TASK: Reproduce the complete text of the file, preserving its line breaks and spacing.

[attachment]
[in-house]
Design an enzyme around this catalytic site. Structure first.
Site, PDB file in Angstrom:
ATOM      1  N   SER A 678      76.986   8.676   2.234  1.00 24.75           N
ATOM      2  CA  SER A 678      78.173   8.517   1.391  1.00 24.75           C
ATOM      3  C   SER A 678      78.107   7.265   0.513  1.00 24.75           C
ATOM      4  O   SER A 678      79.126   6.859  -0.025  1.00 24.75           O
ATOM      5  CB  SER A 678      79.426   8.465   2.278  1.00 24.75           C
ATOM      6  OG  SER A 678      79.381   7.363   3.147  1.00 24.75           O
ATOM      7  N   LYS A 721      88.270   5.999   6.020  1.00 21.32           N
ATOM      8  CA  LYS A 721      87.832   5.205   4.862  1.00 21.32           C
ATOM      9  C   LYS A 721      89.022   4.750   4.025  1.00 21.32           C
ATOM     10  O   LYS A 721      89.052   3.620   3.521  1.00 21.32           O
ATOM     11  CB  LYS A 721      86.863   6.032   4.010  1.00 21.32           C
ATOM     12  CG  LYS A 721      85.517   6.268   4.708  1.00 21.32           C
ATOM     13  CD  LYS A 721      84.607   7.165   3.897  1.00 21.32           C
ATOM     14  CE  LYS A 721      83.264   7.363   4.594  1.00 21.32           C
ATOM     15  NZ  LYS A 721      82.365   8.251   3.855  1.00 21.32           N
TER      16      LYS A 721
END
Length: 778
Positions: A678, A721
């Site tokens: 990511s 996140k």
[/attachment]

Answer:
[in-house]
Design an enzyme around this catalytic site. Structure first.
Site, PDB file in Angstrom:
ATOM      1  N   SER A 678      76.986   8.676   2.234  1.00 24.75           N
ATOM      2  CA  SER A 678      78.173   8.517   1.391  1.00 24.75           C
ATOM      3  C   SER A 678      78.107   7.265   0.513  1.00 24.75           C
ATOM      4  O   SER A 678      79.126   6.859  -0.025  1.00 24.75           O
ATOM      5  CB  SER A 678      79.426   8.465   2.278  1.00 24.75           C
ATOM      6  OG  SER A 678      79.381   7.363   3.147  1.00 24.75           O
ATOM      7  N   LYS A 721      88.270   5.999   6.020  1.00 21.32           N
ATOM      8  CA  LYS A 721      87.832   5.205   4.862  1.00 21.32           C
ATOM      9  C   LYS A 721      89.022   4.750   4.025  1.00 21.32           C
ATOM     10  O   LYS A 721      89.052   3.620   3.521  1.00 21.32           O
ATOM     11  CB  LYS A 721      86.863   6.032   4.010  1.00 21.32           C
ATOM     12  CG  LYS A 721      85.517   6.268   4.708  1.00 21.32           C
ATOM     13  CD  LYS A 721      84.607   7.165   3.897  1.00 21.32           C
ATOM     14  CE  LYS A 721      83.264   7.363   4.594  1.00 21.32           C
ATOM     15  NZ  LYS A 721      82.365   8.251   3.855  1.00 21.32           N
TER      16      LYS A 721
END
Length: 778
Positions: A678, A721
């Site tokens: 990511s 996140k």